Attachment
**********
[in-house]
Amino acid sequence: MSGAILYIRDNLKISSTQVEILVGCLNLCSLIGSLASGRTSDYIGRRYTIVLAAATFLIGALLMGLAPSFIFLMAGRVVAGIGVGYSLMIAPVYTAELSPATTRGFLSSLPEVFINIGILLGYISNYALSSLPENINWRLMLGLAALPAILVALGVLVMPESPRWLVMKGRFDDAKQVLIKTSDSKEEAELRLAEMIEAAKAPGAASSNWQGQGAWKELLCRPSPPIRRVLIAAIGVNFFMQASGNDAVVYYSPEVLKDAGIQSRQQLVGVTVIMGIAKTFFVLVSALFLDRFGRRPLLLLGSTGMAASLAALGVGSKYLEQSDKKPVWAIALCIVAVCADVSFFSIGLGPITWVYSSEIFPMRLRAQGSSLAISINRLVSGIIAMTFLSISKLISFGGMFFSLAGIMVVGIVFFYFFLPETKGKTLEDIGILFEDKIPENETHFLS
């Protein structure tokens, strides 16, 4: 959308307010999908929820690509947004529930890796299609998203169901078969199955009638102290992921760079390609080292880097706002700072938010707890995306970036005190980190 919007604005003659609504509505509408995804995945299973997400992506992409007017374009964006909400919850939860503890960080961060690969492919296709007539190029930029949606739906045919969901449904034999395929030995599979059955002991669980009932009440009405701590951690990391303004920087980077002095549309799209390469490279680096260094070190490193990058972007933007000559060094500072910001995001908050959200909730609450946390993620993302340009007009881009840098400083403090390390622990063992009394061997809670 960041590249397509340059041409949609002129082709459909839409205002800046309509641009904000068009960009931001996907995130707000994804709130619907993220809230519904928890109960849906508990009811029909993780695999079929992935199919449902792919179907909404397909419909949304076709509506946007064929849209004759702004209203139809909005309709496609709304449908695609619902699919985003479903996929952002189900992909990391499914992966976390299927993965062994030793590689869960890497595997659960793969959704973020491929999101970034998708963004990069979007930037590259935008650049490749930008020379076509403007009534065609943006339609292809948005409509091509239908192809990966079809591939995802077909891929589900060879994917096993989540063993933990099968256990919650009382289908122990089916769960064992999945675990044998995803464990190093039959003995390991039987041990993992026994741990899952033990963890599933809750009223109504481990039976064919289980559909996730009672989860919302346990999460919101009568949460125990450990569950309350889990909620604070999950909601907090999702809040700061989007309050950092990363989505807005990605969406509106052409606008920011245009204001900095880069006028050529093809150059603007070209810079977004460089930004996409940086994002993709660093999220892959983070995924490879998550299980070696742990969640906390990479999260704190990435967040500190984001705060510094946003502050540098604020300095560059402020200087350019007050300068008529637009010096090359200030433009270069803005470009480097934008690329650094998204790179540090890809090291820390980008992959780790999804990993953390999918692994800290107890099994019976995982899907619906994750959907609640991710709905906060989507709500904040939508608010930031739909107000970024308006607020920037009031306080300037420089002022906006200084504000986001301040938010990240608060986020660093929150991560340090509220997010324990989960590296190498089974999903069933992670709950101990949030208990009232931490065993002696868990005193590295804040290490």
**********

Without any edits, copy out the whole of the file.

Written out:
[in-house]
Amino acid sequence: MSGAILYIRDNLKISSTQVEILVGCLNLCSLIGSLASGRTSDYIGRRYTIVLAAATFLIGALLMGLAPSFIFLMAGRVVAGIGVGYSLMIAPVYTAELSPATTRGFLSSLPEVFINIGILLGYISNYALSSLPENINWRLMLGLAALPAILVALGVLVMPESPRWLVMKGRFDDAKQVLIKTSDSKEEAELRLAEMIEAAKAPGAASSNWQGQGAWKELLCRPSPPIRRVLIAAIGVNFFMQASGNDAVVYYSPEVLKDAGIQSRQQLVGVTVIMGIAKTFFVLVSALFLDRFGRRPLLLLGSTGMAASLAALGVGSKYLEQSDKKPVWAIALCIVAVCADVSFFSIGLGPITWVYSSEIFPMRLRAQGSSLAISINRLVSGIIAMTFLSISKLISFGGMFFSLAGIMVVGIVFFYFFLPETKGKTLEDIGILFEDKIPENETHFLS
């Protein structure tokens, strides 16, 4: 959308307010999908929820690509947004529930890796299609998203169901078969199955009638102290992921760079390609080292880097706002700072938010707890995306970036005190980190 919007604005003659609504509505509408995804995945299973997400992506992409007017374009964006909400919850939860503890960080961060690969492919296709007539190029930029949606739906045919969901449904034999395929030995599979059955002991669980009932009440009405701590951690990391303004920087980077002095549309799209390469490279680096260094070190490193990058972007933007000559060094500072910001995001908050959200909730609450946390993620993302340009007009881009840098400083403090390390622990063992009394061997809670 960041590249397509340059041409949609002129082709459909839409205002800046309509641009904000068009960009931001996907995130707000994804709130619907993220809230519904928890109960849906508990009811029909993780695999079929992935199919449902792919179907909404397909419909949304076709509506946007064929849209004759702004209203139809909005309709496609709304449908695609619902699919985003479903996929952002189900992909990391499914992966976390299927993965062994030793590689869960890497595997659960793969959704973020491929999101970034998708963004990069979007930037590259935008650049490749930008020379076509403007009534065609943006339609292809948005409509091509239908192809990966079809591939995802077909891929589900060879994917096993989540063993933990099968256990919650009382289908122990089916769960064992999945675990044998995803464990190093039959003995390991039987041990993992026994741990899952033990963890599933809750009223109504481990039976064919289980559909996730009672989860919302346990999460919101009568949460125990450990569950309350889990909620604070999950909601907090999702809040700061989007309050950092990363989505807005990605969406509106052409606008920011245009204001900095880069006028050529093809150059603007070209810079977004460089930004996409940086994002993709660093999220892959983070995924490879998550299980070696742990969640906390990479999260704190990435967040500190984001705060510094946003502050540098604020300095560059402020200087350019007050300068008529637009010096090359200030433009270069803005470009480097934008690329650094998204790179540090890809090291820390980008992959780790999804990993953390999918692994800290107890099994019976995982899907619906994750959907609640991710709905906060989507709500904040939508608010930031739909107000970024308006607020920037009031306080300037420089002022906006200084504000986001301040938010990240608060986020660093929150991560340090509220997010324990989960590296190498089974999903069933992670709950101990949030208990009232931490065993002696868990005193590295804040290490």